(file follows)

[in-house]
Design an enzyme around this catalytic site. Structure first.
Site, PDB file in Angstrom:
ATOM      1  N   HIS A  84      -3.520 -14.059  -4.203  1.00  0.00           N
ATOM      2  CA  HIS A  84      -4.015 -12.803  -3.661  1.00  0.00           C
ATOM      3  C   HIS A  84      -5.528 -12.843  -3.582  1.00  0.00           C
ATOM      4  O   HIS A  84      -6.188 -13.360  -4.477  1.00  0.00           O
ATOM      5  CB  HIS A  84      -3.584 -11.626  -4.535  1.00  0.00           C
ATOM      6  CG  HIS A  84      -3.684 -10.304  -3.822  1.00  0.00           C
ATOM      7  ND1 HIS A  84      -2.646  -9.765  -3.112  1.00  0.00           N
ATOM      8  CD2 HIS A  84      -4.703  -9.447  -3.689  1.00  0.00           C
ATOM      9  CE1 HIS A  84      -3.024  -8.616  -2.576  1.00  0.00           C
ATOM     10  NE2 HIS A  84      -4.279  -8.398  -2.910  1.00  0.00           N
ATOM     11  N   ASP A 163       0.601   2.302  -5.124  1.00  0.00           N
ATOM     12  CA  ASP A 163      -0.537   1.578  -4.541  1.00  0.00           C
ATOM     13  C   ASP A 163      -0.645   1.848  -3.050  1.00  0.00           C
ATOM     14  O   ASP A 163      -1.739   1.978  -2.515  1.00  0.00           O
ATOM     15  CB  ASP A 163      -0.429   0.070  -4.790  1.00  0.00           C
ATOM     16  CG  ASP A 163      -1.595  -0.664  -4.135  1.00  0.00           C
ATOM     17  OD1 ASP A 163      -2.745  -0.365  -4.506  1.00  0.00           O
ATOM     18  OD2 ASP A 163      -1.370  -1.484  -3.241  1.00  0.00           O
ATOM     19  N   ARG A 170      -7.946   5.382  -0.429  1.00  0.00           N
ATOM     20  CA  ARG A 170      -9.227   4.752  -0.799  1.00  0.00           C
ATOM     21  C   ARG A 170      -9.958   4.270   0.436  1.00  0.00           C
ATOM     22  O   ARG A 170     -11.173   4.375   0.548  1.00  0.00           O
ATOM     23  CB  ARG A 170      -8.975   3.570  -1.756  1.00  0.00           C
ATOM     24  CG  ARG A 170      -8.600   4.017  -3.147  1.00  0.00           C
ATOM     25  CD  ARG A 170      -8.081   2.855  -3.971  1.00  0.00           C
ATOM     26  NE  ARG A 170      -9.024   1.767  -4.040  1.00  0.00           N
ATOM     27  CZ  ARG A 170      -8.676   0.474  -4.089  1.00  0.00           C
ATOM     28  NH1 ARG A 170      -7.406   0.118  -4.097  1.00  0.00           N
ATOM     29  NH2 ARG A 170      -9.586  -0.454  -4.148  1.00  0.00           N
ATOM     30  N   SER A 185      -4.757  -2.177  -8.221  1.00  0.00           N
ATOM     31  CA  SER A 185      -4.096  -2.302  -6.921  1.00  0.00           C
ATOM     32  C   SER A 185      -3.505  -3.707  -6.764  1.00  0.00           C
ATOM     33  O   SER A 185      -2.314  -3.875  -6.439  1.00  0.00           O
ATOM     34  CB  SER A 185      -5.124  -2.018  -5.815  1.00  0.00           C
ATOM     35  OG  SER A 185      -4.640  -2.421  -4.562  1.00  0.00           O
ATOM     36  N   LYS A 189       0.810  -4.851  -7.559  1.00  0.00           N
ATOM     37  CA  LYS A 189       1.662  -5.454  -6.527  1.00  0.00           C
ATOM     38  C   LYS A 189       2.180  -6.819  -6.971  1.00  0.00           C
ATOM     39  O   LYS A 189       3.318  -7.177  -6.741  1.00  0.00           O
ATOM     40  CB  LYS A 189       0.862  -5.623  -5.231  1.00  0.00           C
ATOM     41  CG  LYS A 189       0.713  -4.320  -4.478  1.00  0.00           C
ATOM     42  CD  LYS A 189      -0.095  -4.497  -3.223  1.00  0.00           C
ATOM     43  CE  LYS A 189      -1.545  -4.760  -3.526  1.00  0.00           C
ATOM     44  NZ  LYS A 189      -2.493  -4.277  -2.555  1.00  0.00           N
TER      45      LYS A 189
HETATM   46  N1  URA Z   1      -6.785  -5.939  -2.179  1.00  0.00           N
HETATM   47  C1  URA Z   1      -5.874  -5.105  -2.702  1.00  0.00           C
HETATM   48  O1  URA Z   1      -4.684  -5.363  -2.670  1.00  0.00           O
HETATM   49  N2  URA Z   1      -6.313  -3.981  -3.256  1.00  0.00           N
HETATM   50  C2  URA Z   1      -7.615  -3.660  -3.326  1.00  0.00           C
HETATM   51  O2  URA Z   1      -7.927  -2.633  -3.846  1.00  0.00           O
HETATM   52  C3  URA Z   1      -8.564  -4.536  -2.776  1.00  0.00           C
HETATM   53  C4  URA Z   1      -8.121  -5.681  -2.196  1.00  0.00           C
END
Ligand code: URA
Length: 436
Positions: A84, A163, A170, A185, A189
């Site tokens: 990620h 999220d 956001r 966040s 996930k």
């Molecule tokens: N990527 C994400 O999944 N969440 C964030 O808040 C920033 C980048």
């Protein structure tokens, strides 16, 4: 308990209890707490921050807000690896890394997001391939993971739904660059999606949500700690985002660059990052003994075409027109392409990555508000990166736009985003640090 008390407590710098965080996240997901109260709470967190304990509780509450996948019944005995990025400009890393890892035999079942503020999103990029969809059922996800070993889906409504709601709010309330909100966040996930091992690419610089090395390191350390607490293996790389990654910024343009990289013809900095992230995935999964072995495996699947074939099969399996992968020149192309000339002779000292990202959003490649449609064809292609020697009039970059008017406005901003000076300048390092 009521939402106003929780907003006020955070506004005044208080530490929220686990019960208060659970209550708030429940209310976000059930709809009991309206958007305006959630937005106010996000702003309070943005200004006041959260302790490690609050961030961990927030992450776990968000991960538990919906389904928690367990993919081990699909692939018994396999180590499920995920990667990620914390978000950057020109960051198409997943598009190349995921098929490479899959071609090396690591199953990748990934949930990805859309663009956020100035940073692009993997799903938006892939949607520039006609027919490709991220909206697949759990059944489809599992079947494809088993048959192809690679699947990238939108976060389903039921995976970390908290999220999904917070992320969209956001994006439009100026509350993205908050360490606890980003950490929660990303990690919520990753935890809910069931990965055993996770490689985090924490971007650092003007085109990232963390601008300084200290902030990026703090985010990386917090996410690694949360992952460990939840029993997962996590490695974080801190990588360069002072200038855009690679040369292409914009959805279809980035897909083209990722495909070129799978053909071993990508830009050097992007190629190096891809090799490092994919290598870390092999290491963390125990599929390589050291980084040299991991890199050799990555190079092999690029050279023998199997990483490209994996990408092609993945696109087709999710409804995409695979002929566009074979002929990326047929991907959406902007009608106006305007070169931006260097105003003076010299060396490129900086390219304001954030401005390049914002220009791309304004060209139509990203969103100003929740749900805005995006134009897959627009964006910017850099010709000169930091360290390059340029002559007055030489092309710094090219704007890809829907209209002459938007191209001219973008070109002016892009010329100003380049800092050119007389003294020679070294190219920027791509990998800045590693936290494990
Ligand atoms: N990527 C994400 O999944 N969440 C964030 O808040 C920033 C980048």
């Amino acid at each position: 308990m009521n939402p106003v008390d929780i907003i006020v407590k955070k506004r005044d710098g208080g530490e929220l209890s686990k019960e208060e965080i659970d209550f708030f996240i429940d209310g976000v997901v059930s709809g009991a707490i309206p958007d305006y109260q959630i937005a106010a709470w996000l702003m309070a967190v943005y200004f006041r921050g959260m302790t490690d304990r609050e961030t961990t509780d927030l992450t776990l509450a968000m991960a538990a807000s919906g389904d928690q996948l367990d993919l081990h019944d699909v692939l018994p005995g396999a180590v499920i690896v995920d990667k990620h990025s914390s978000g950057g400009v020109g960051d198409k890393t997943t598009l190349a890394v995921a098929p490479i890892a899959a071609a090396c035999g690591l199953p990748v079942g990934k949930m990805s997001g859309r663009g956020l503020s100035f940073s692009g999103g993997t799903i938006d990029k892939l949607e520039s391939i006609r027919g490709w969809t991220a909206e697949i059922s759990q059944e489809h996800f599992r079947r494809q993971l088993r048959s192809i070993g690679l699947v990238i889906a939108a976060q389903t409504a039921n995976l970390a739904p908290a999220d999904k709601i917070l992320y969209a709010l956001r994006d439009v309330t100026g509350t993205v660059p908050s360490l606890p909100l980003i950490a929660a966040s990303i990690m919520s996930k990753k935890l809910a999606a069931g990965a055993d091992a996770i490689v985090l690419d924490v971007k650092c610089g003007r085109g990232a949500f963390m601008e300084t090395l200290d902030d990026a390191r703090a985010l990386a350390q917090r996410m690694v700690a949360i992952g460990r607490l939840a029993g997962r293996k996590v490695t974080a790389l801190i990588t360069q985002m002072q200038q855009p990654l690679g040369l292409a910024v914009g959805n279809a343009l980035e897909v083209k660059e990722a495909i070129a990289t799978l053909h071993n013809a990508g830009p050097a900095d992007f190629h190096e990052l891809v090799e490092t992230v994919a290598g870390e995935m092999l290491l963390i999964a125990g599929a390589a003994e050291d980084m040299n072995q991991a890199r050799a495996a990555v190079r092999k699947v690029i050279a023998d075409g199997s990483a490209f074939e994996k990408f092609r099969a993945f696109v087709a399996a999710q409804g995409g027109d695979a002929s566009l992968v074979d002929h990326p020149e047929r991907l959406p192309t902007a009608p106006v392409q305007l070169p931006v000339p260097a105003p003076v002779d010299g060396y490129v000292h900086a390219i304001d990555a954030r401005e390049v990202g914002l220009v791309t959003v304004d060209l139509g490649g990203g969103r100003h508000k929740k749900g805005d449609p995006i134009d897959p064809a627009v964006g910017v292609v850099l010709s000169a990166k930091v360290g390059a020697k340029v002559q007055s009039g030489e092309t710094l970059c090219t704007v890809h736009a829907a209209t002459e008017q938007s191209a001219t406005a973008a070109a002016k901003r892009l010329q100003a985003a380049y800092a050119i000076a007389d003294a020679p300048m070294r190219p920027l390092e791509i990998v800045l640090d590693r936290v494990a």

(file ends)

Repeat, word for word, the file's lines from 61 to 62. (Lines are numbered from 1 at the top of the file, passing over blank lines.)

């Site tokens: 990620h 999220d 956001r 966040s 996930k």
């Molecule tokens: N990527 C994400 O999944 N969440 C964030 O808040 C920033 C980048």